Gavin Barwell, Croydon Central’s new MP, is blaming an “administrative error” by his agent for breaking the rules ahead of May’s General Election – and he says that his Conservative colleague, Croydon South MP Richard Ottaway, is subject to the same blunders.
Ottaway, of course, is no stranger to expenses scandals, having been named in the Daily Telegraph‘s campaign for making outrageously excessive claims against his Westminster allowances.
Now, if the Electoral Commission says he has a case to answer, he could be called in to court where he could face a one-year prison sentence, a small fine, or a by-election could be called.
Only last year, in a behind-closed-doors session of the local Croydon Tory party, Ottaway gave a solemn commitment that he would not transgress over expenses again, and so secured his nomination for the General Election.
Barwell featured prominently in a C4 News report last night that showed that the strict election expenditure rules had been broken in Croydon.
Today, the MP has admitted to the Croydon Guardian that he and Ottaway were subject to similar accounting errors by their agent, Ian Parker, who is now one of the Croydon Councillors voting through £70 million-worth of local budget cuts.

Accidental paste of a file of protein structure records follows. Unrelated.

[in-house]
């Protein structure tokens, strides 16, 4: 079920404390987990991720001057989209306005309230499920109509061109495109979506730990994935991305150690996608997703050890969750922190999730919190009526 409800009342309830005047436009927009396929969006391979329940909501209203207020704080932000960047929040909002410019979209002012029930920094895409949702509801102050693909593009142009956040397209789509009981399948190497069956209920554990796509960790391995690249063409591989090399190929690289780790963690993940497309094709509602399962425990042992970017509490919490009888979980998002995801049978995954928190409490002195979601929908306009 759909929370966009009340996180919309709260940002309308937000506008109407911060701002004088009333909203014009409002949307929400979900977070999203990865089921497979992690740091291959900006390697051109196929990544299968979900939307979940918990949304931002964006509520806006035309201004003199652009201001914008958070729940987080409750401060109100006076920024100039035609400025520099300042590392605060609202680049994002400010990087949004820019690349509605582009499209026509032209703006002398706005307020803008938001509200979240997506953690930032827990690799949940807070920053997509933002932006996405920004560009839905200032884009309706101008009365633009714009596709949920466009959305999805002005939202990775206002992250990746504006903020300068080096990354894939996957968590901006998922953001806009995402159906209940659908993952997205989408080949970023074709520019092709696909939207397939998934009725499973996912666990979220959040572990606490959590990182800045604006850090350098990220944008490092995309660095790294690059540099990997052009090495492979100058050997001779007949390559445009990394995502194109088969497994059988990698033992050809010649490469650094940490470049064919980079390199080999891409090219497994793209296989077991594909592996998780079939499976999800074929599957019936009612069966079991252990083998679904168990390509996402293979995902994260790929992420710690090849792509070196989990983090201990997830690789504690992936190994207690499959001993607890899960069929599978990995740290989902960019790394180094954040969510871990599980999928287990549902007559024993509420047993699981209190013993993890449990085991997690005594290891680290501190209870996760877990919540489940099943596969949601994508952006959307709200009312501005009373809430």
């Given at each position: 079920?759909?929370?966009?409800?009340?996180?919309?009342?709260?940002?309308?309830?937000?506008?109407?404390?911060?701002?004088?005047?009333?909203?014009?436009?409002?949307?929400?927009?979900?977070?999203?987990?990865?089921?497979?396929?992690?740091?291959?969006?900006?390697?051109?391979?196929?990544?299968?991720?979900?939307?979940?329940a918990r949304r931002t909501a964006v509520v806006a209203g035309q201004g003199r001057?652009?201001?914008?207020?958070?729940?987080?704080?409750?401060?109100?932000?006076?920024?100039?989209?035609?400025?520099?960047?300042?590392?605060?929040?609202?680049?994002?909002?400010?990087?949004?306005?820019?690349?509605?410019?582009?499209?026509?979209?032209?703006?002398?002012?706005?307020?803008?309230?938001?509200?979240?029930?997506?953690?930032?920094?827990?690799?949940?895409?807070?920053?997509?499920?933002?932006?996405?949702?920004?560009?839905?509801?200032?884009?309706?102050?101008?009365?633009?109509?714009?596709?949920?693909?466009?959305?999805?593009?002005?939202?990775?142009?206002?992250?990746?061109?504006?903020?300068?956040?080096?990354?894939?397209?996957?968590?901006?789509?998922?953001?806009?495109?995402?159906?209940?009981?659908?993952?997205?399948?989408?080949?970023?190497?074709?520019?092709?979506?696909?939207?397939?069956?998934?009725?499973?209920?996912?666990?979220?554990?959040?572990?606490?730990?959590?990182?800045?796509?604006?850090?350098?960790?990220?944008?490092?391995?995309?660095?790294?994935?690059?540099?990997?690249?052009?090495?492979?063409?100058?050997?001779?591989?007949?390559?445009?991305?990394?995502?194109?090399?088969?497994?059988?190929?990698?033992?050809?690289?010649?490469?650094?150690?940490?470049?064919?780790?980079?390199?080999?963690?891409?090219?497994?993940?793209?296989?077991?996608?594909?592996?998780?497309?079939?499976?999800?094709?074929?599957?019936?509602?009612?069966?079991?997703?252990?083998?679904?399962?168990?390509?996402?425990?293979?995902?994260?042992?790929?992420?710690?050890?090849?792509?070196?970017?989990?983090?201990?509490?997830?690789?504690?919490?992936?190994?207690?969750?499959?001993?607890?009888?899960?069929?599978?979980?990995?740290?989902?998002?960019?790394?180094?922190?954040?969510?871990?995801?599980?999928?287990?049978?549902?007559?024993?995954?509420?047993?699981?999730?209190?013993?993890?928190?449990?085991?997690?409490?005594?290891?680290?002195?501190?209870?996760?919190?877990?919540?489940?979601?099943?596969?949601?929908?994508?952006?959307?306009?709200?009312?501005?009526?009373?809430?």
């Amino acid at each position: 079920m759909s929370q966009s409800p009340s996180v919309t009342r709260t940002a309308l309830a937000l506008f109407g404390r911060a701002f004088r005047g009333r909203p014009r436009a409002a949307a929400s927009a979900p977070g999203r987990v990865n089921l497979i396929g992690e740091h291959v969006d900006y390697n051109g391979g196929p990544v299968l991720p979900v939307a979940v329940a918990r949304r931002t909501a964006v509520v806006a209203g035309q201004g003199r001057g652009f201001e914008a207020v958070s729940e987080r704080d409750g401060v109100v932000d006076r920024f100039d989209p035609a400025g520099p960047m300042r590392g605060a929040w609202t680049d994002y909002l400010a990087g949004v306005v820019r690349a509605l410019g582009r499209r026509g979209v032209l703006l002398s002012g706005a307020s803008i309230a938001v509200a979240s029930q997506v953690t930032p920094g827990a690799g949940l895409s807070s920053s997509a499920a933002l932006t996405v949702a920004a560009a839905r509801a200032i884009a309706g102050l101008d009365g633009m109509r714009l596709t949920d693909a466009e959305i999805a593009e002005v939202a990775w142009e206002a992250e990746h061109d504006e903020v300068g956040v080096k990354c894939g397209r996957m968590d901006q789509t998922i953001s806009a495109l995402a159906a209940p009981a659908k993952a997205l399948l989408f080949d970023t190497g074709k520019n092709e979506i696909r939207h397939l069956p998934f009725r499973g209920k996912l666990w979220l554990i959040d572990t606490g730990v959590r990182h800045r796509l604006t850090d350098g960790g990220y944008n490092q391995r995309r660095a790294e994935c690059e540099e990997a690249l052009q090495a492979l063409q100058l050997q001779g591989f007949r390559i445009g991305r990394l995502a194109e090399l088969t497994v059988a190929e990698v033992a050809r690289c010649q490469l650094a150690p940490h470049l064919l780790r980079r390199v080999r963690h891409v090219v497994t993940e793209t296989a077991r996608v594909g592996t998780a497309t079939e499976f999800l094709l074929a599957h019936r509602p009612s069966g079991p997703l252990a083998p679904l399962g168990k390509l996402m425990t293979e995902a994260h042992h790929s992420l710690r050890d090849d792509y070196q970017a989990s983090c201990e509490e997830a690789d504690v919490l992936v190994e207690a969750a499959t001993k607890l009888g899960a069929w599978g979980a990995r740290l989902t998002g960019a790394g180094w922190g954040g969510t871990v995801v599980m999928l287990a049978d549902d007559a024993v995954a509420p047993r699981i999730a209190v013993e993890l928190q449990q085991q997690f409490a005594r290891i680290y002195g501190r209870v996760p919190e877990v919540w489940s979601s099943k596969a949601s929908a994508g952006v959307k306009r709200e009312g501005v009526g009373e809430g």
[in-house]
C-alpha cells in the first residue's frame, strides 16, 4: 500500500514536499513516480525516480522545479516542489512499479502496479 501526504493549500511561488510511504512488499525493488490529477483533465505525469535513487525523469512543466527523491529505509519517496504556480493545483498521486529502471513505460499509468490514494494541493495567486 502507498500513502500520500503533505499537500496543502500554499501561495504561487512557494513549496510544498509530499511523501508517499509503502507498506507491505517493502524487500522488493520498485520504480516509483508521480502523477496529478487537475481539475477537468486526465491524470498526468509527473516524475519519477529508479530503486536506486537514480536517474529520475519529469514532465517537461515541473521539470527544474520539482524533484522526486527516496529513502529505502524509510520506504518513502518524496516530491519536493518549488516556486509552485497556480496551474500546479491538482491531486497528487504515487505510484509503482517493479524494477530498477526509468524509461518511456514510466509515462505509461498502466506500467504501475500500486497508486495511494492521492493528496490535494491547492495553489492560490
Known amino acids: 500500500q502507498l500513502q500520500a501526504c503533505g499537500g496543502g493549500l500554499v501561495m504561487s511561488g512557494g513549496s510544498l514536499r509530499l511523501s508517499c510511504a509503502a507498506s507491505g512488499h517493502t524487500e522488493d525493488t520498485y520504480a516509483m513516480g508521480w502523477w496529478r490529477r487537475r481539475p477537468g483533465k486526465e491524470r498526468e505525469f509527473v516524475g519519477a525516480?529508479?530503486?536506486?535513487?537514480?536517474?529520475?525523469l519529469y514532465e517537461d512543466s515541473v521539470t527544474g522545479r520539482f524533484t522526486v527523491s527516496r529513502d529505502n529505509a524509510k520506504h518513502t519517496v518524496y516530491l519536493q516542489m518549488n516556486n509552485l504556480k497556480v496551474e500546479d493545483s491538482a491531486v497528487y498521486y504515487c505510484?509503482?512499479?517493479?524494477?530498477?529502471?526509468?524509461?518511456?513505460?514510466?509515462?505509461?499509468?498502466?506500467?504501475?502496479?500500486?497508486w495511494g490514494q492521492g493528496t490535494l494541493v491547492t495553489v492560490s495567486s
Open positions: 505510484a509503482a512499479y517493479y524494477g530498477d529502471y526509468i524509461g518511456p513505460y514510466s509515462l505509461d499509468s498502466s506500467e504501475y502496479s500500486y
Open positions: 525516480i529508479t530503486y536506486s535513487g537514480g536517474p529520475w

Barwell spent more than £36,000 on his election campaign, almost 50 per cent more than his nearest rival in Croydon Central, Labour’s Gerry Ryan.
- In today’s report, Barwell blamed Parker for an “administrative error” in both his and Ottaway’s campaigns, in failing to apportion the cost of renting offices at the local Conservative Constituency Party HQ in Purley.
- Barwell admits that Parker also failed to declare a £500 deposit on election literature.
“I’m not an expert, but we have to go to a court – you have to convince the court it’s an administrative error.
“To be honest I’m really relaxed about it. It’s irritating, obviously I’d rather it hadn’t happened, but genuinely it’s an admin error.”
Barwell previously worked for the Conservative party’s major donor, the non-domiciled, tax-dodging billionaire Lord Ashcroft, who is believed to have provided significant funds to the Tory election campaign, especially for candidates in marginal constituencies, such as Croydon Central, where former Conservative MP Andrew Pelling stood as an independent candidate this year.
Barwell also admitted to the Croydon Guardian that his tight election race had forced him to distribute all his campaign leaflets. “We used all ours, primarily because we knew Croydon Central was going to be a tight race and we knew we were going to be spending close to the limit.
“We were very careful.”
Evidently, not careful enough.
Making a false declaration about election expenditure can carry a penalty of up to a year’s imprisonment, while failing to provide accurate expenditure details can carry a fine of up to £5,000 under the Representation of the People Act 1983.
The Electoral Commission will announce next week whether any action will be taken over Barwell’s and Ottaway’s expenses.